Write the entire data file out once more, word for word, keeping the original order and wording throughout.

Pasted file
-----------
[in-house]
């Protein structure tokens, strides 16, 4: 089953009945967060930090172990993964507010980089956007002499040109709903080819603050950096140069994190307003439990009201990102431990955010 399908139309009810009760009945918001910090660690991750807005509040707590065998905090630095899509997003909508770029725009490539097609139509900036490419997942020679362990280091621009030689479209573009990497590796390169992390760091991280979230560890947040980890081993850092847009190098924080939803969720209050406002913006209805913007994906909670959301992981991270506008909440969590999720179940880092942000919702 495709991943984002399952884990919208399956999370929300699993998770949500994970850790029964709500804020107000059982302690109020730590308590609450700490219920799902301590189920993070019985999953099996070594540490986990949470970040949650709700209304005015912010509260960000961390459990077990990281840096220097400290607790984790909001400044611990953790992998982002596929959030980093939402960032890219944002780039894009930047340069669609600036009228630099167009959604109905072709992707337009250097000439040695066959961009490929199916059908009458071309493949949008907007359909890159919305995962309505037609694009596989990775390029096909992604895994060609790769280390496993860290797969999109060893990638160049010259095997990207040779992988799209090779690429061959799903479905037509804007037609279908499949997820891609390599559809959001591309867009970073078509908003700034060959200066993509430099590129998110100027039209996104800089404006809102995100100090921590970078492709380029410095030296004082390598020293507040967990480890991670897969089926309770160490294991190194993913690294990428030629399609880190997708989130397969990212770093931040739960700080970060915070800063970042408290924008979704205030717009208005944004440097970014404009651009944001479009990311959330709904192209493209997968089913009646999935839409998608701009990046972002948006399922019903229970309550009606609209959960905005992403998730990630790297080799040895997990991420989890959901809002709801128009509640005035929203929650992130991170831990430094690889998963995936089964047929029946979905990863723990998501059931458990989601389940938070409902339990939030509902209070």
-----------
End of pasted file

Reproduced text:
[in-house]
């Protein structure tokens, strides 16, 4: 089953009945967060930090172990993964507010980089956007002499040109709903080819603050950096140069994190307003439990009201990102431990955010 399908139309009810009760009945918001910090660690991750807005509040707590065998905090630095899509997003909508770029725009490539097609139509900036490419997942020679362990280091621009030689479209573009990497590796390169992390760091991280979230560890947040980890081993850092847009190098924080939803969720209050406002913006209805913007994906909670959301992981991270506008909440969590999720179940880092942000919702 495709991943984002399952884990919208399956999370929300699993998770949500994970850790029964709500804020107000059982302690109020730590308590609450700490219920799902301590189920993070019985999953099996070594540490986990949470970040949650709700209304005015912010509260960000961390459990077990990281840096220097400290607790984790909001400044611990953790992998982002596929959030980093939402960032890219944002780039894009930047340069669609600036009228630099167009959604109905072709992707337009250097000439040695066959961009490929199916059908009458071309493949949008907007359909890159919305995962309505037609694009596989990775390029096909992604895994060609790769280390496993860290797969999109060893990638160049010259095997990207040779992988799209090779690429061959799903479905037509804007037609279908499949997820891609390599559809959001591309867009970073078509908003700034060959200066993509430099590129998110100027039209996104800089404006809102995100100090921590970078492709380029410095030296004082390598020293507040967990480890991670897969089926309770160490294991190194993913690294990428030629399609880190997708989130397969990212770093931040739960700080970060915070800063970042408290924008979704205030717009208005944004440097970014404009651009944001479009990311959330709904192209493209997968089913009646999935839409998608701009990046972002948006399922019903229970309550009606609209959960905005992403998730990630790297080799040895997990991420989890959901809002709801128009509640005035929203929650992130991170831990430094690889998963995936089964047929029946979905990863723990998501059931458990989601389940938070409902339990939030509902209070």